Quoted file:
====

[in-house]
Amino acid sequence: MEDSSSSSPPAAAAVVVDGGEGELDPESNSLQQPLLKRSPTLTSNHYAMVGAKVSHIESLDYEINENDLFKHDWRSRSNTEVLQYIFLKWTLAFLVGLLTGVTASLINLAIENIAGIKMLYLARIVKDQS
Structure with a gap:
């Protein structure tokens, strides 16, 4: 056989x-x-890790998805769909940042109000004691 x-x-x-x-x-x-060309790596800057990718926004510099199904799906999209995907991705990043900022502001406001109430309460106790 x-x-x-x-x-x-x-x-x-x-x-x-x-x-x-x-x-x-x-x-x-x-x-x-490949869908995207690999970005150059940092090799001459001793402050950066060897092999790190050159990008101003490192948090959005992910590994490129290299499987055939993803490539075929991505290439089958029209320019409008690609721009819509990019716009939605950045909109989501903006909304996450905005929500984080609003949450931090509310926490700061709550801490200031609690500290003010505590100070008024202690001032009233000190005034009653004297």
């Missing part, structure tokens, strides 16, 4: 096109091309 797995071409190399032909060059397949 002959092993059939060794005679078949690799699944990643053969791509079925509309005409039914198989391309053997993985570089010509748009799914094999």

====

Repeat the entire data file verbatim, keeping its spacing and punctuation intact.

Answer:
[in-house]
Amino acid sequence: MEDSSSSSPPAAAAVVVDGGEGELDPESNSLQQPLLKRSPTLTSNHYAMVGAKVSHIESLDYEINENDLFKHDWRSRSNTEVLQYIFLKWTLAFLVGLLTGVTASLINLAIENIAGIKMLYLARIVKDQS
Structure with a gap:
């Protein structure tokens, strides 16, 4: 056989x-x-890790998805769909940042109000004691 x-x-x-x-x-x-060309790596800057990718926004510099199904799906999209995907991705990043900022502001406001109430309460106790 x-x-x-x-x-x-x-x-x-x-x-x-x-x-x-x-x-x-x-x-x-x-x-x-490949869908995207690999970005150059940092090799001459001793402050950066060897092999790190050159990008101003490192948090959005992910590994490129290299499987055939993803490539075929991505290439089958029209320019409008690609721009819509990019716009939605950045909109989501903006909304996450905005929500984080609003949450931090509310926490700061709550801490200031609690500290003010505590100070008024202690001032009233000190005034009653004297």
């Missing part, structure tokens, strides 16, 4: 096109091309 797995071409190399032909060059397949 002959092993059939060794005679078949690799699944990643053969791509079925509309005409039914198989391309053997993985570089010509748009799914094999």